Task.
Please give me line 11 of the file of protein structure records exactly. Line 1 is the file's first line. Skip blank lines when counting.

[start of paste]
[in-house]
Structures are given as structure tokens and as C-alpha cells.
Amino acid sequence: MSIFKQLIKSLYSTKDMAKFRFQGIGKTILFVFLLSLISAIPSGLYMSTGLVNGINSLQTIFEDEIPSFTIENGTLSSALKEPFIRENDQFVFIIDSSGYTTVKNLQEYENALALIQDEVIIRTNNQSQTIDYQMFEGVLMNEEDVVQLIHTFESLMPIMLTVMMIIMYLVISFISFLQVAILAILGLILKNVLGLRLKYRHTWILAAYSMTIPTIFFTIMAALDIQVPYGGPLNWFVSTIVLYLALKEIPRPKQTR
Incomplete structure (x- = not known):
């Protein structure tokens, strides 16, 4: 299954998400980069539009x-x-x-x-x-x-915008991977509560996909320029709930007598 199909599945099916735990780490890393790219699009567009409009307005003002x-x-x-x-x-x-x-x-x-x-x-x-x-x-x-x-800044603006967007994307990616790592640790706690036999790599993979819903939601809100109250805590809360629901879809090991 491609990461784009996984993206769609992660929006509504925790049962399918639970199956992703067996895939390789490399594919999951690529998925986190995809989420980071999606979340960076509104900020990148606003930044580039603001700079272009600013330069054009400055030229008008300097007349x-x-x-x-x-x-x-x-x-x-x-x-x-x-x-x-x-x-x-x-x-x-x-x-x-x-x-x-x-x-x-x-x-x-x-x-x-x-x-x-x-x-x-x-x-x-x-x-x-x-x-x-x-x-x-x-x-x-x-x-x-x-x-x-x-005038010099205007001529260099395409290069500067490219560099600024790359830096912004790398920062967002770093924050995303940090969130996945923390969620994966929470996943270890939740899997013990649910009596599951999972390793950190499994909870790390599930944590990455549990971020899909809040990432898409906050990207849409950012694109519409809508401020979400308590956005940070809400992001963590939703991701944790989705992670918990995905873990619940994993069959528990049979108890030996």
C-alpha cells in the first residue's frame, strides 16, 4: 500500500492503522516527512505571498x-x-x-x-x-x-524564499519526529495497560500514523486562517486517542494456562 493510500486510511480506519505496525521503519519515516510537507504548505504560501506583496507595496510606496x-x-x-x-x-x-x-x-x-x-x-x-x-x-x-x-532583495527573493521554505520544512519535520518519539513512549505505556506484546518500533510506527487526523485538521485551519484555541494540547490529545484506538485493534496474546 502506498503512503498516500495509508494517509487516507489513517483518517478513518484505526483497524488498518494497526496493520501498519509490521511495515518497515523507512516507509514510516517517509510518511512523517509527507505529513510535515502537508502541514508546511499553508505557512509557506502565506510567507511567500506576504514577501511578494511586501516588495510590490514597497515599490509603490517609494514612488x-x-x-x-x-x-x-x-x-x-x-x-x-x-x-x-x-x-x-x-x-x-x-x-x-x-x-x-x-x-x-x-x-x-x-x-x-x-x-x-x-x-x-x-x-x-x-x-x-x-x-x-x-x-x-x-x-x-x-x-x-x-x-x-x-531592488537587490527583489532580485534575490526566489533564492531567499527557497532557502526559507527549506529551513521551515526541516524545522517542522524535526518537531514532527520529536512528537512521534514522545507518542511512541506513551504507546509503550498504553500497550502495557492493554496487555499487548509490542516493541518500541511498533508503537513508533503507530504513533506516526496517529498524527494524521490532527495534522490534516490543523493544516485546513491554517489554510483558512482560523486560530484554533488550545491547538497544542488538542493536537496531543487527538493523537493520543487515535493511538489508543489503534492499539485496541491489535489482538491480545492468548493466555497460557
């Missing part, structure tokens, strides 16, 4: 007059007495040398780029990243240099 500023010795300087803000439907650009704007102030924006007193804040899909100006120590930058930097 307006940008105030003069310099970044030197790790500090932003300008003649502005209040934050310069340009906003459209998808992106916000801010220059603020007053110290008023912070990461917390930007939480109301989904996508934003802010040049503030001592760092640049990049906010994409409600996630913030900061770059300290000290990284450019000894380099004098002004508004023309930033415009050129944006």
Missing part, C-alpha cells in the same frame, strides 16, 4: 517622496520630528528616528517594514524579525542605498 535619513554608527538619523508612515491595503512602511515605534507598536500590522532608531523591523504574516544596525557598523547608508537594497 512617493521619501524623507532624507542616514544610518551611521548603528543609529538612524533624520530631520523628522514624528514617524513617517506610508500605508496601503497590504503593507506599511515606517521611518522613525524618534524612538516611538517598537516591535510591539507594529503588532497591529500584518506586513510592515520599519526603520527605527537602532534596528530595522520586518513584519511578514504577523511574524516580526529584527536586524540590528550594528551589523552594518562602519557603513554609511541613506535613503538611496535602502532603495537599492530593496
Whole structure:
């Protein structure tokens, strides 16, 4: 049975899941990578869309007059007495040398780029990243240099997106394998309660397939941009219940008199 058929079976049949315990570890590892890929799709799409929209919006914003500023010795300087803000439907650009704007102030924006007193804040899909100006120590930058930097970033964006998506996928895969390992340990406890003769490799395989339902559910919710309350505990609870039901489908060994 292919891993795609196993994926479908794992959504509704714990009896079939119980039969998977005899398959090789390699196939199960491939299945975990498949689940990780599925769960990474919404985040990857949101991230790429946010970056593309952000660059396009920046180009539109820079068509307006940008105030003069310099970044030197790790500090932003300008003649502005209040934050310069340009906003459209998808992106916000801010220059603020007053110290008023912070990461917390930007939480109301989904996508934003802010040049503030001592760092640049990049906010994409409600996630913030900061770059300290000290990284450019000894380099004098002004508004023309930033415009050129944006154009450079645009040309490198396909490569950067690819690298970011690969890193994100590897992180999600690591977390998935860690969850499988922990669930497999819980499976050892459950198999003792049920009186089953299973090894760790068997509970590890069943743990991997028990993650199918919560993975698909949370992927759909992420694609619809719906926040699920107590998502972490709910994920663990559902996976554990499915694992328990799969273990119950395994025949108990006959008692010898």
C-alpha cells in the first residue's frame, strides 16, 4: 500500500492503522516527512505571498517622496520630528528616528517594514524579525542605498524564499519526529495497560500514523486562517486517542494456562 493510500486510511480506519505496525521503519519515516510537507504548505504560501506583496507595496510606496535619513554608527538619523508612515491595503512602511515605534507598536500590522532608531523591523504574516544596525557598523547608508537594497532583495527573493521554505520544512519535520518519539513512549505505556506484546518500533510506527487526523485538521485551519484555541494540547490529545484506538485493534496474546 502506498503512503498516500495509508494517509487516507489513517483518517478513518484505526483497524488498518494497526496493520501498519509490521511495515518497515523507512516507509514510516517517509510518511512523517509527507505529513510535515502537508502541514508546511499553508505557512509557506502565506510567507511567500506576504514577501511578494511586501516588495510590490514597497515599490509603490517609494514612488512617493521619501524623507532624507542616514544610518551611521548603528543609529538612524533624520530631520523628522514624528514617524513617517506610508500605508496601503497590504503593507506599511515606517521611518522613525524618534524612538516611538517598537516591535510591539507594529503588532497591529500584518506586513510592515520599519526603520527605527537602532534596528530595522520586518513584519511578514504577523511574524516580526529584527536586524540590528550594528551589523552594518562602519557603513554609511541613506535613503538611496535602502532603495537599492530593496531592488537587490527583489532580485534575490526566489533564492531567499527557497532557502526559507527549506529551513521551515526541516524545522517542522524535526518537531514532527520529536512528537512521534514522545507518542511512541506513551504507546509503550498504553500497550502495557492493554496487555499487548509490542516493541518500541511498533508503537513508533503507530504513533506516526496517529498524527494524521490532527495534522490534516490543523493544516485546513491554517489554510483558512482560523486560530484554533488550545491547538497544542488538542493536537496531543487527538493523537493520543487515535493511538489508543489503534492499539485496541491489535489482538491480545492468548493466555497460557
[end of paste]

C-alpha cells in the first residue's frame, strides 16, 4: 500500500492503522516527512505571498517622496520630528528616528517594514524579525542605498524564499519526529495497560500514523486562517486517542494456562 493510500486510511480506519505496525521503519519515516510537507504548505504560501506583496507595496510606496535619513554608527538619523508612515491595503512602511515605534507598536500590522532608531523591523504574516544596525557598523547608508537594497532583495527573493521554505520544512519535520518519539513512549505505556506484546518500533510506527487526523485538521485551519484555541494540547490529545484506538485493534496474546 502506498503512503498516500495509508494517509487516507489513517483518517478513518484505526483497524488498518494497526496493520501498519509490521511495515518497515523507512516507509514510516517517509510518511512523517509527507505529513510535515502537508502541514508546511499553508505557512509557506502565506510567507511567500506576504514577501511578494511586501516588495510590490514597497515599490509603490517609494514612488512617493521619501524623507532624507542616514544610518551611521548603528543609529538612524533624520530631520523628522514624528514617524513617517506610508500605508496601503497590504503593507506599511515606517521611518522613525524618534524612538516611538517598537516591535510591539507594529503588532497591529500584518506586513510592515520599519526603520527605527537602532534596528530595522520586518513584519511578514504577523511574524516580526529584527536586524540590528550594528551589523552594518562602519557603513554609511541613506535613503538611496535602502532603495537599492530593496531592488537587490527583489532580485534575490526566489533564492531567499527557497532557502526559507527549506529551513521551515526541516524545522517542522524535526518537531514532527520529536512528537512521534514522545507518542511512541506513551504507546509503550498504553500497550502495557492493554496487555499487548509490542516493541518500541511498533508503537513508533503507530504513533506516526496517529498524527494524521490532527495534522490534516490543523493544516485546513491554517489554510483558512482560523486560530484554533488550545491547538497544542488538542493536537496531543487527538493523537493520543487515535493511538489508543489503534492499539485496541491489535489482538491480545492468548493466555497460557